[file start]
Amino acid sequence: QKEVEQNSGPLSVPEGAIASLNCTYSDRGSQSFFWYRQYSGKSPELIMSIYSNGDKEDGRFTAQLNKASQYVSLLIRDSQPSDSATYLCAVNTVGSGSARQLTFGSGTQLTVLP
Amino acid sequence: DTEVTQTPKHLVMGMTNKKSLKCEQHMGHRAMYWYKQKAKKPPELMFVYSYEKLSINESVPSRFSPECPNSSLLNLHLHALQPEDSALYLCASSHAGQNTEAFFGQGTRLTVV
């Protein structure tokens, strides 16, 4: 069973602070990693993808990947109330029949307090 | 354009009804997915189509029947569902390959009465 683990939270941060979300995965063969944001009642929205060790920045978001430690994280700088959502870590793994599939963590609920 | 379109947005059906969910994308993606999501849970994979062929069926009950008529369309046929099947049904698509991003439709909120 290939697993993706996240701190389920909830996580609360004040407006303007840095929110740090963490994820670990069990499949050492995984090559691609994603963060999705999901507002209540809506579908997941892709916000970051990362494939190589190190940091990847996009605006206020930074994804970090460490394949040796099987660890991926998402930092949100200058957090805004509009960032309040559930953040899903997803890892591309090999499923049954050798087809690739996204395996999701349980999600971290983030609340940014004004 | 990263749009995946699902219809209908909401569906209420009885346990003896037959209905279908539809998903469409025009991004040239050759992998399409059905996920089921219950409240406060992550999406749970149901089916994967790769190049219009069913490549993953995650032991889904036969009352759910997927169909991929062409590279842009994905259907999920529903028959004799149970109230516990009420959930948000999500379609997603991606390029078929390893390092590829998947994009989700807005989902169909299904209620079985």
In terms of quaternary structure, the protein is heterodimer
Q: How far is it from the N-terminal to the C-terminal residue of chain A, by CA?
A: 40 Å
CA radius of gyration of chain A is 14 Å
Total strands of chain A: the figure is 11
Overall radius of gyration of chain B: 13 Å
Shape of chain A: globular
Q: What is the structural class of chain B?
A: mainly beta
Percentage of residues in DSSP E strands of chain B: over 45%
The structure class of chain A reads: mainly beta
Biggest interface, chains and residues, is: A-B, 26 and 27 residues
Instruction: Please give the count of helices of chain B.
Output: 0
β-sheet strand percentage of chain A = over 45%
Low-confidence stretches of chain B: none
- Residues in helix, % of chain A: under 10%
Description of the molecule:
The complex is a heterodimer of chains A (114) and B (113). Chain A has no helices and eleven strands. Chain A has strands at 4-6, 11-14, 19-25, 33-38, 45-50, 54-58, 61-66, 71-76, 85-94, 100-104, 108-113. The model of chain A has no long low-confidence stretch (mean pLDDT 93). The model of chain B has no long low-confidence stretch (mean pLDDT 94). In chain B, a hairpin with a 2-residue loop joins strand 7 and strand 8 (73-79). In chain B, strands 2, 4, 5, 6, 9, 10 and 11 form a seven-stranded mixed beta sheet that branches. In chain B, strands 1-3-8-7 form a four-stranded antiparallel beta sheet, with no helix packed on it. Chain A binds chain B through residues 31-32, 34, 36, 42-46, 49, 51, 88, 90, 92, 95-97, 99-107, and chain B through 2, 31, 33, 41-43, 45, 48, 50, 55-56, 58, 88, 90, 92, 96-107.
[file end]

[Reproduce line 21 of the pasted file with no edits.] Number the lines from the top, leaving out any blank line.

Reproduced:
Description of the molecule: